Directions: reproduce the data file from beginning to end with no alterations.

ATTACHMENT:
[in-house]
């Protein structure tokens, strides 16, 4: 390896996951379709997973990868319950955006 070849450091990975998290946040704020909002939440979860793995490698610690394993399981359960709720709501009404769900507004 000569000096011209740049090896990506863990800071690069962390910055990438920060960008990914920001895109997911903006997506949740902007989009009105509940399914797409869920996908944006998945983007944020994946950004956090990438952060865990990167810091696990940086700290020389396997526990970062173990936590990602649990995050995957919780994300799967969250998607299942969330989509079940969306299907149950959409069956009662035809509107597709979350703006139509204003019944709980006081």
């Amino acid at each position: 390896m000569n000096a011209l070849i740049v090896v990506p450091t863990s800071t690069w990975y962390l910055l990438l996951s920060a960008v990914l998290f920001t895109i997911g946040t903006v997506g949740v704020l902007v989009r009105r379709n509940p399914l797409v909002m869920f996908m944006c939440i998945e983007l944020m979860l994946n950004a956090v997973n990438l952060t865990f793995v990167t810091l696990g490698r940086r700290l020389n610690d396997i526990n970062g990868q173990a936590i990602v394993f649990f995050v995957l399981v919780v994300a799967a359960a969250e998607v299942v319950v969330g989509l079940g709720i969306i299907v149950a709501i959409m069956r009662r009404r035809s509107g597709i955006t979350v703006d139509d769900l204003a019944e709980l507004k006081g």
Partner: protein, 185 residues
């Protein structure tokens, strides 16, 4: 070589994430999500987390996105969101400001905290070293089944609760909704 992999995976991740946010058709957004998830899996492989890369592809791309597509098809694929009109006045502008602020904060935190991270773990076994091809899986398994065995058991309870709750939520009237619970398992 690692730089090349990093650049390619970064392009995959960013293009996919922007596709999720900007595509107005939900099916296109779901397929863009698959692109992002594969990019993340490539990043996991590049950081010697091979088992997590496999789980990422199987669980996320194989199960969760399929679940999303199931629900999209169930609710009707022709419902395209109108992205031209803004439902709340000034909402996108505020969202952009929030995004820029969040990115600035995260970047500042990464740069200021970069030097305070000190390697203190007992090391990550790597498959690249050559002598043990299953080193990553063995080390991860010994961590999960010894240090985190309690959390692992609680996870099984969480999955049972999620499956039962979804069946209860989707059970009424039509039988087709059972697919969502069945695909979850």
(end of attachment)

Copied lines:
[in-house]
């Protein structure tokens, strides 16, 4: 390896996951379709997973990868319950955006 070849450091990975998290946040704020909002939440979860793995490698610690394993399981359960709720709501009404769900507004 000569000096011209740049090896990506863990800071690069962390910055990438920060960008990914920001895109997911903006997506949740902007989009009105509940399914797409869920996908944006998945983007944020994946950004956090990438952060865990990167810091696990940086700290020389396997526990970062173990936590990602649990995050995957919780994300799967969250998607299942969330989509079940969306299907149950959409069956009662035809509107597709979350703006139509204003019944709980006081």
């Amino acid at each position: 390896m000569n000096a011209l070849i740049v090896v990506p450091t863990s800071t690069w990975y962390l910055l990438l996951s920060a960008v990914l998290f920001t895109i997911g946040t903006v997506g949740v704020l902007v989009r009105r379709n509940p399914l797409v909002m869920f996908m944006c939440i998945e983007l944020m979860l994946n950004a956090v997973n990438l952060t865990f793995v990167t810091l696990g490698r940086r700290l020389n610690d396997i526990n970062g990868q173990a936590i990602v394993f649990f995050v995957l399981v919780v994300a799967a359960a969250e998607v299942v319950v969330g989509l079940g709720i969306i299907v149950a709501i959409m069956r009662r009404r035809s509107g597709i955006t979350v703006d139509d769900l204003a019944e709980l507004k006081g």
Partner: protein, 185 residues
């Protein structure tokens, strides 16, 4: 070589994430999500987390996105969101400001905290070293089944609760909704 992999995976991740946010058709957004998830899996492989890369592809791309597509098809694929009109006045502008602020904060935190991270773990076994091809899986398994065995058991309870709750939520009237619970398992 690692730089090349990093650049390619970064392009995959960013293009996919922007596709999720900007595509107005939900099916296109779901397929863009698959692109992002594969990019993340490539990043996991590049950081010697091979088992997590496999789980990422199987669980996320194989199960969760399929679940999303199931629900999209169930609710009707022709419902395209109108992205031209803004439902709340000034909402996108505020969202952009929030995004820029969040990115600035995260970047500042990464740069200021970069030097305070000190390697203190007992090391990550790597498959690249050559002598043990299953080193990553063995080390991860010994961590999960010894240090985190309690959390692992609680996870099984969480999955049972999620499956039962979804069946209860989707059970009424039509039988087709059972697919969502069945695909979850």